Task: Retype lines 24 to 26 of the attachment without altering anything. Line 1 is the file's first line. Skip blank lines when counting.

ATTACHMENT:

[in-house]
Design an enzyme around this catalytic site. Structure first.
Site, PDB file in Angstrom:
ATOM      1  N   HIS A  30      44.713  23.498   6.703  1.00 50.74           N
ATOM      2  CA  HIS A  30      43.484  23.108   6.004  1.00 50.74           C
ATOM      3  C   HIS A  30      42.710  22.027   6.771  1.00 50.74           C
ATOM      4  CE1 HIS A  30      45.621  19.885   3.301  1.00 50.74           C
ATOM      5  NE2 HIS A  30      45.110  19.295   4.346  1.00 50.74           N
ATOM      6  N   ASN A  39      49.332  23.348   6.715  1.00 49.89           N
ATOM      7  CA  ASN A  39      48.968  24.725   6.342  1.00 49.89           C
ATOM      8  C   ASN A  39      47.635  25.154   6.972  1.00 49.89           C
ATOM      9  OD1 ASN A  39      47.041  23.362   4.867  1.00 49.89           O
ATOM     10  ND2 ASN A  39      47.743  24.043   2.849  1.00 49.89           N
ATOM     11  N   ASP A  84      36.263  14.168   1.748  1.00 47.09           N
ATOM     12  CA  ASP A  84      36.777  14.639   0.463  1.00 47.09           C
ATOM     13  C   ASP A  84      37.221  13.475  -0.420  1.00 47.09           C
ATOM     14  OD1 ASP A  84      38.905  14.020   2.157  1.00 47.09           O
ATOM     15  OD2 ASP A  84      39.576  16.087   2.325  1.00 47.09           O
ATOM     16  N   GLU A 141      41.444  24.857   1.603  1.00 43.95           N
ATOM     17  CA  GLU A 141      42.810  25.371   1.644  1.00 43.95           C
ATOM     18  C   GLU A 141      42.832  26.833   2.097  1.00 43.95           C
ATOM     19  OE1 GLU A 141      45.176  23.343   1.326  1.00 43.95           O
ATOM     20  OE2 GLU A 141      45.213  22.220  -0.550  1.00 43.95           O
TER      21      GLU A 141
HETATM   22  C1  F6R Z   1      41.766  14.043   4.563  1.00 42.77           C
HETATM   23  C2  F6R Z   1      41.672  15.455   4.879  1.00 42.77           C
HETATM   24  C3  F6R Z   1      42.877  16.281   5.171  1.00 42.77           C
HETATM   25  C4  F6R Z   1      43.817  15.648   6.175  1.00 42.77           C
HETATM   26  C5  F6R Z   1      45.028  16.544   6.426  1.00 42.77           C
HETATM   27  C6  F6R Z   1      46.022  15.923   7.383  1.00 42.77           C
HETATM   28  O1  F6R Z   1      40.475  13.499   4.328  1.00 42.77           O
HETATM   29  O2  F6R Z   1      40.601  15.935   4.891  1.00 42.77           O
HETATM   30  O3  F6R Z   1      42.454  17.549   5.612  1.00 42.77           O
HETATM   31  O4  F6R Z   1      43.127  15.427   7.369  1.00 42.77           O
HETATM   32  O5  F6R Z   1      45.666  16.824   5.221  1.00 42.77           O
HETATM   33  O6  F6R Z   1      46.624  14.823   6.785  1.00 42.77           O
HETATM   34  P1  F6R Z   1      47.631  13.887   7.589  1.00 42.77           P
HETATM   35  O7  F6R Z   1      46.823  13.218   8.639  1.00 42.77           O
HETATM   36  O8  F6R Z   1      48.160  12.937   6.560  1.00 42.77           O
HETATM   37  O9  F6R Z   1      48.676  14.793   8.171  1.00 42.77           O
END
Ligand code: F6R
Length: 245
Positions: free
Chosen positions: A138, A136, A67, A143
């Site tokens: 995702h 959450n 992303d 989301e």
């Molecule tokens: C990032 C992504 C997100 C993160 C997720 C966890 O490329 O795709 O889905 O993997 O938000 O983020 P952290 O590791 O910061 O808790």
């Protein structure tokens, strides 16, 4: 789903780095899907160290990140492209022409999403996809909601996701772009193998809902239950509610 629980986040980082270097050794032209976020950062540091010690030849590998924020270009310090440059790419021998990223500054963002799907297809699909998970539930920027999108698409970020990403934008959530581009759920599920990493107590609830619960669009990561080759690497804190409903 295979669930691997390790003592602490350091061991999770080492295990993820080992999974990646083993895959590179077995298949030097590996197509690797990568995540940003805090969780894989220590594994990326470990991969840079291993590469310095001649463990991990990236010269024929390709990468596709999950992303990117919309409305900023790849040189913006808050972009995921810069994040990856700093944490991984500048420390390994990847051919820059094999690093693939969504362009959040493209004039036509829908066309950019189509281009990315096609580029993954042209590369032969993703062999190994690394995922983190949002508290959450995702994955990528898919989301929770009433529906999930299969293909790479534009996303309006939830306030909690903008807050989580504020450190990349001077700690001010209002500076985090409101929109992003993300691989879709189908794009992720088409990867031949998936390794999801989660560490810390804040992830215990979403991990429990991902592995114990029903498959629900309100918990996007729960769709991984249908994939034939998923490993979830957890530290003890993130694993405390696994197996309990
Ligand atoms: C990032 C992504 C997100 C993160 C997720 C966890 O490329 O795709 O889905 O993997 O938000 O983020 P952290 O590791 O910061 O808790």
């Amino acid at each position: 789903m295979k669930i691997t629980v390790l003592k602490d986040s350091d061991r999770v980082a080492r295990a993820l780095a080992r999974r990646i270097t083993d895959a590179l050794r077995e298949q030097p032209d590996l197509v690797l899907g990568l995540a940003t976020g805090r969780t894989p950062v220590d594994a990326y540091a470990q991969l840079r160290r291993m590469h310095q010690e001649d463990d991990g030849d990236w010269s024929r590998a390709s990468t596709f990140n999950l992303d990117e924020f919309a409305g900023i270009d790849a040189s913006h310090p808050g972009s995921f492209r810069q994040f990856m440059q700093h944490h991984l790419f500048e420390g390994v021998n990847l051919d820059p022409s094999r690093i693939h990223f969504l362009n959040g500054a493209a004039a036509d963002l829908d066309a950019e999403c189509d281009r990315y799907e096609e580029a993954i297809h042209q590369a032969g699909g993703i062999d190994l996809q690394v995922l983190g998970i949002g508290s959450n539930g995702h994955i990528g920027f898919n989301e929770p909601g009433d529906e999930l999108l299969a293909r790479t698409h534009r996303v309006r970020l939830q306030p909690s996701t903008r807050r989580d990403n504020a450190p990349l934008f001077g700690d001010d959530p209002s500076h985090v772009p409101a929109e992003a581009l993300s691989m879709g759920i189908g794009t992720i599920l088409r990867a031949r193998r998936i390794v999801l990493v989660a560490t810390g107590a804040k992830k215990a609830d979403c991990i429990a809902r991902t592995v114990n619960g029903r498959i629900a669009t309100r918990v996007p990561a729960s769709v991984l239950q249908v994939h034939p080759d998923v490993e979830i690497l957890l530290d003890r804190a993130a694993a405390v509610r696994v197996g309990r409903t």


TER      21      GLU A 141
HETATM   22  C1  F6R Z   1      41.766  14.043   4.563  1.00 42.77           C
HETATM   23  C2  F6R Z   1      41.672  15.455   4.879  1.00 42.77           C